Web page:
Black Marching Band Accepts Trump’s Inaugural Invite to Perform

But not without controversy.

The Talladega College marching band has accepted President-elect Donald Trump’s invitation to perform at his inauguration on January 20.

The band hails from Alabama and is from one of the state’s “oldest private, historically black liberal arts colleges,” according to the Associated Press. They will march alongside 40 other marching bands from all over the country. 

While this should be no news at all, it is only because of the community backlash the band’s acceptance sparked. 

"We were a bit horrified to hear of the invitation," said Shirley Ferrill, a 1974 graduate. “I don't want my alma mater to give the appearance of supporting him. Ignore, decline or whatever, but please don't send our band out in our name to do that."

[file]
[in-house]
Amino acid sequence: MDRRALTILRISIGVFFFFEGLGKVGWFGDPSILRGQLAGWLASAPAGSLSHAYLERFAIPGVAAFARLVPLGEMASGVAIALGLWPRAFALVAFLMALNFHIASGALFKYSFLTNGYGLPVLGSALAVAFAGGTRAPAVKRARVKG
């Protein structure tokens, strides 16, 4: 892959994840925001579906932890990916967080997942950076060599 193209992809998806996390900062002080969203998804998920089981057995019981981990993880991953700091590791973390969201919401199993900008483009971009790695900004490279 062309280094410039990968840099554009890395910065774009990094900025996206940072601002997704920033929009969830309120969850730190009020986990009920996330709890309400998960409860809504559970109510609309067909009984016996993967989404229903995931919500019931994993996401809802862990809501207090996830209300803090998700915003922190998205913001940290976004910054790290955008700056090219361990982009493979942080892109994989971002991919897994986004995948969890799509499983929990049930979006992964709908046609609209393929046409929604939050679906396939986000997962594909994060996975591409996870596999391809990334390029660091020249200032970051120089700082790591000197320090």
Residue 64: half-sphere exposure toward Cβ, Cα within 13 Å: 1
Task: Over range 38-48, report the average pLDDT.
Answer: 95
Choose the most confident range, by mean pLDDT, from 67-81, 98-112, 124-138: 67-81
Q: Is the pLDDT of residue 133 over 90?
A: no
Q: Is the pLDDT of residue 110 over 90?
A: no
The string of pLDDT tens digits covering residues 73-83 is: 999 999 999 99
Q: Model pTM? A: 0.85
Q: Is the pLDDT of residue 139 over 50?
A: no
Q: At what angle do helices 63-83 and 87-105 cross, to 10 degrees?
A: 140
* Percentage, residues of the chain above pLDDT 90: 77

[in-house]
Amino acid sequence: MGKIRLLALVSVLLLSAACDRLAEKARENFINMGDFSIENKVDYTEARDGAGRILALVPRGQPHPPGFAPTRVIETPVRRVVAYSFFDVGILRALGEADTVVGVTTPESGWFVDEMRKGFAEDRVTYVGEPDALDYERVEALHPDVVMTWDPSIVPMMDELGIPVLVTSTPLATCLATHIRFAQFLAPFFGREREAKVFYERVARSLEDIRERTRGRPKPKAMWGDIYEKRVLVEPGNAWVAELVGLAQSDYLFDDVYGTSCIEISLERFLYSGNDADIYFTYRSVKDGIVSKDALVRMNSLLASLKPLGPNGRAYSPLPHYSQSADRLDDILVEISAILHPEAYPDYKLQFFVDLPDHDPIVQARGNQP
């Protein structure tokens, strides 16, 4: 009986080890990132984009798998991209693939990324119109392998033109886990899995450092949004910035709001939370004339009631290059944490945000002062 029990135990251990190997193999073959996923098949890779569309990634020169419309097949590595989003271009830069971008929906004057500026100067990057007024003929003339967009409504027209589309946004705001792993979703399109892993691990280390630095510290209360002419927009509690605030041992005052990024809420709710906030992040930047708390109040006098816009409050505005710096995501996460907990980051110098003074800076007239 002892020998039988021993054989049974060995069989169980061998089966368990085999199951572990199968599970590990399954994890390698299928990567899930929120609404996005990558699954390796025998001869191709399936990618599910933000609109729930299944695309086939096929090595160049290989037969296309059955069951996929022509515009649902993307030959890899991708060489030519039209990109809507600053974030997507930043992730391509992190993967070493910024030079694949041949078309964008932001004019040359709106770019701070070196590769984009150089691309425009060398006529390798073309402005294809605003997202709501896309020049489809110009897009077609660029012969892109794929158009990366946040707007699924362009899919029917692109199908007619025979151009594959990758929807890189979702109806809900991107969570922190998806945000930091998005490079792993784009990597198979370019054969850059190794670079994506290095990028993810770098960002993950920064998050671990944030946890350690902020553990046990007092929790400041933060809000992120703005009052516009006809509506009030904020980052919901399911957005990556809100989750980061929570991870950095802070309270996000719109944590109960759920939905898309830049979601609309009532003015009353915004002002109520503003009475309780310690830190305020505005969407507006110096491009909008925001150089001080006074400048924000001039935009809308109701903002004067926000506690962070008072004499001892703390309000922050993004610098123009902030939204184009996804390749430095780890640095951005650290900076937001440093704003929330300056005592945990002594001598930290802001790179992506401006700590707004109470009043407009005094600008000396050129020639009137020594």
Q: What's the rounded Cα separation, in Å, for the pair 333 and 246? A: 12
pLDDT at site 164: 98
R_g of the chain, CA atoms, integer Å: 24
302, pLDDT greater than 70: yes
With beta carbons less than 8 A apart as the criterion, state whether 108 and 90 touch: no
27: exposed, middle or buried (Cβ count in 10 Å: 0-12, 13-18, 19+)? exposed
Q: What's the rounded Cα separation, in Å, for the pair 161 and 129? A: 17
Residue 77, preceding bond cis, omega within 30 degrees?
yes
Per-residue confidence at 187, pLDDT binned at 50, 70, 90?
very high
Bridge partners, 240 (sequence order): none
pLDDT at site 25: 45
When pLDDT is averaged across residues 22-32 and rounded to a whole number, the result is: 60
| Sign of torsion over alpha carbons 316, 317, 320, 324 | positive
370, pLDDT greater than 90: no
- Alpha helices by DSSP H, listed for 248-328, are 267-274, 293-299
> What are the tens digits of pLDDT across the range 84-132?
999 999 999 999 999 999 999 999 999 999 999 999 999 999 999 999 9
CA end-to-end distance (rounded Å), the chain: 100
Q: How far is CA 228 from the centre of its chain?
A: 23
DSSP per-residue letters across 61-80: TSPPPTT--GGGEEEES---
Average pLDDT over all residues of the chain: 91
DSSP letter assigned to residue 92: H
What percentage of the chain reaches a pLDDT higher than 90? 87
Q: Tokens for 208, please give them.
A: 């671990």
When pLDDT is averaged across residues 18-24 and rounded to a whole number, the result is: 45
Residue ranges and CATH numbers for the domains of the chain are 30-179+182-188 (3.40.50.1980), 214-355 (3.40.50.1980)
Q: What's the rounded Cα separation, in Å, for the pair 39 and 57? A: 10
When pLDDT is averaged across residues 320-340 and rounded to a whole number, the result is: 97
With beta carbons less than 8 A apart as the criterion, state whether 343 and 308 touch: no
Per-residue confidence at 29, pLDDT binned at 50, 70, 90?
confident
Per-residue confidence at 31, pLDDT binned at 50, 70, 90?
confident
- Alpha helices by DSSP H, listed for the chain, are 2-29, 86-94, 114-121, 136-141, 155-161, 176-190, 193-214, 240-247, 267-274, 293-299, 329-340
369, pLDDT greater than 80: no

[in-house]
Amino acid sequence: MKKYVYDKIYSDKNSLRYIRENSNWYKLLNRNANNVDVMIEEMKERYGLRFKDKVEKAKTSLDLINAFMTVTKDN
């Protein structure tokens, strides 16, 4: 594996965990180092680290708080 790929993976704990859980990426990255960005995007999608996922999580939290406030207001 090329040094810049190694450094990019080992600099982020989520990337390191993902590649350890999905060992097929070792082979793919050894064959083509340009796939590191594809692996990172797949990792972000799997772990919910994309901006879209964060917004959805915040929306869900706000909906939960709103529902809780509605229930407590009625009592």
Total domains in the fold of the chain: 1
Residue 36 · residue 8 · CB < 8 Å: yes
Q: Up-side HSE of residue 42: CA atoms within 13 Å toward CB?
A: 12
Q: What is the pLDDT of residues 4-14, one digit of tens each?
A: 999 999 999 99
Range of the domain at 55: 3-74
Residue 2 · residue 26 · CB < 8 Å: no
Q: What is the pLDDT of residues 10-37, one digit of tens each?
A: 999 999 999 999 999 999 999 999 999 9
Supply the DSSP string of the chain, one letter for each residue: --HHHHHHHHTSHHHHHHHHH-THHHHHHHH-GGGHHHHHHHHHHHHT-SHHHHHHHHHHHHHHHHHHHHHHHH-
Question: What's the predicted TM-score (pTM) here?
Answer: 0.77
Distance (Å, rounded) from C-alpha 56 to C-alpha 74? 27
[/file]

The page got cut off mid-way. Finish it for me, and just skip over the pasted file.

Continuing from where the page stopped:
A graduate of Georgia’s historically black Fort Valley Stat University, Ron White, said he didn’t understand why the Talladega Tornadoes "should be playing all these patriotic tunes for someone who has degraded us."

But, White added, “What they should do in my opinion is play that national anthem the best way they've ever played it in their life, because you're basically saluting the country.”

Former Mississippi Valley State University marcher Reese Walker said black colleges teach its students that “ignored behavior is condoned behavior” and that was his reason to encourage the Talladega band to decline.

Another marching band from New York, Marist College in Poughkeepsie, said some of its members would be sitting this one out in protest of Trump. Six to eight out of the 100 band members said no to traveling to Washington D.C. for the historic event.

“They don't want to have anything to do with the inauguration or President Trump, and we respect that, and that's their right," Greg Cannon, a school spokesman, said. "We're not looking to put anybody in a spot that conflicts with their personal beliefs.” 

Cannon said there would be no repercussions for the few students who are staying behind and that they “will still have a place in the band,” according to the AP report.